3, 2004 - Joe Cullman has
died at the age of 92. He’d been sustained
for the past couple of years by his coolly vivacious wife Joan who
got him out to see friends and got friends over to see him.
The Cullmans were a very prominent couple in New York cultural,
philanthropic, theatrical and social circles for the past more
than thirty-five years. They had many many friends and really
liked people too.
Then Joan died suddenly only about two months ago. Of a heart attack, in
the middle of the night, at their house in Montego Bay, Jamaica. Joan was
only seventy-one. This was a monumental loss for Joe, particularly at this
stage of his life, and everyone mourned his loss and grieved for him.
The Cullman family, four brothers of which Joe was the eldest, were sons
of a man who made a small fortune in the tobacco business. The family acquired
Philip Morris about a half-century ago when it was a failing cigarette
business. Joe Cullman turned it into the biggest consumer goods corporation
in America. Last year Philip Morris, now called Altria, had sales of more
than $80 billion. The brothers and their wives have ever since also made
a profound mark on the city, its institutions and probably millions of
lives with their on-going, hands-on, sensitive philanthropy, giving away
untold millions for decades.
Joe loved the theatre, as did Joan who was actively producing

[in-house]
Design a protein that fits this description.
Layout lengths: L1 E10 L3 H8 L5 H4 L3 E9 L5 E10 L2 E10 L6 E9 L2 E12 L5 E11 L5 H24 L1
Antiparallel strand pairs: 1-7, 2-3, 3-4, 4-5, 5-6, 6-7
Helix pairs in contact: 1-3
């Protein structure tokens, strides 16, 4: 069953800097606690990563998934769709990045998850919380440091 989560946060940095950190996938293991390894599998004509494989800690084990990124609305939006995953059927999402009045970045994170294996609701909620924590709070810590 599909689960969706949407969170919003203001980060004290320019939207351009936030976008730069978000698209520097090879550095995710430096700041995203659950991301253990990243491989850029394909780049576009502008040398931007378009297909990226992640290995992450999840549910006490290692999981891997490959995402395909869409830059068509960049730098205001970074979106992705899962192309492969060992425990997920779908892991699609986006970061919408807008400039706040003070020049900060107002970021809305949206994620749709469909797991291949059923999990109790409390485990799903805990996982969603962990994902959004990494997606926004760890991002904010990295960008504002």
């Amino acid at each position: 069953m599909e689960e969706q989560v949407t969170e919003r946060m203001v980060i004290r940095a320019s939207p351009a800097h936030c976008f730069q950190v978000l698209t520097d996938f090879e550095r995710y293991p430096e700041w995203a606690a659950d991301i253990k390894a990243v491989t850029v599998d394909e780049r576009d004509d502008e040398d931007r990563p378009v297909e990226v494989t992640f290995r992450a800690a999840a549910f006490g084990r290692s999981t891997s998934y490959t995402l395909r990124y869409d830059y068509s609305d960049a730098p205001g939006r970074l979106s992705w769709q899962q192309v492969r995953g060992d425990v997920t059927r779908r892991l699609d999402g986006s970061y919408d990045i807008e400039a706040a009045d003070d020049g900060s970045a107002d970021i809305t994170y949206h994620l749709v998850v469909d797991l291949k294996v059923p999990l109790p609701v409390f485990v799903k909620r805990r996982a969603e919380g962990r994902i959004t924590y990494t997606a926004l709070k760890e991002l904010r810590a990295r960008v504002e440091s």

right up until her untimely death. Two years ago, as part of
a big celebration of Joe’s 90th, they had a special performance
of one of his most favorite shows (which he and Joan had first
produced a revival of in London) Cole Porter’s Anything
Goes. At ninety Joe was in fair enough shape for a man
in his tenth decade, although not as spry as a spring chicken
by any means. I was seated behind him during that performance
that night, and he had all he could do just to keep himself
from springing down the steps onto that stage in the Mitzi
Newhouse Theatre and joining the performers – including Patti
LuPone and Howard Gillin. It was
a joy to watch him. Joe was a joy to a lot of people.
He and Joan were a second marriage. And she was, in her day, quite a bit
younger than her husband. And it was a fiery relationship from time to
time. They got divorced. And remarried again. Joan was a very good looking
woman with smiling eyes and a dusty, yet bright voice. Joe was a very good
looking guy, with a kind of feisty bantam-ish charm. There was a bit of
the kid in both of them, right to the end of their lives. You could tell
that in its early days, it must have been a flashy romance. It had been
some life. A good one.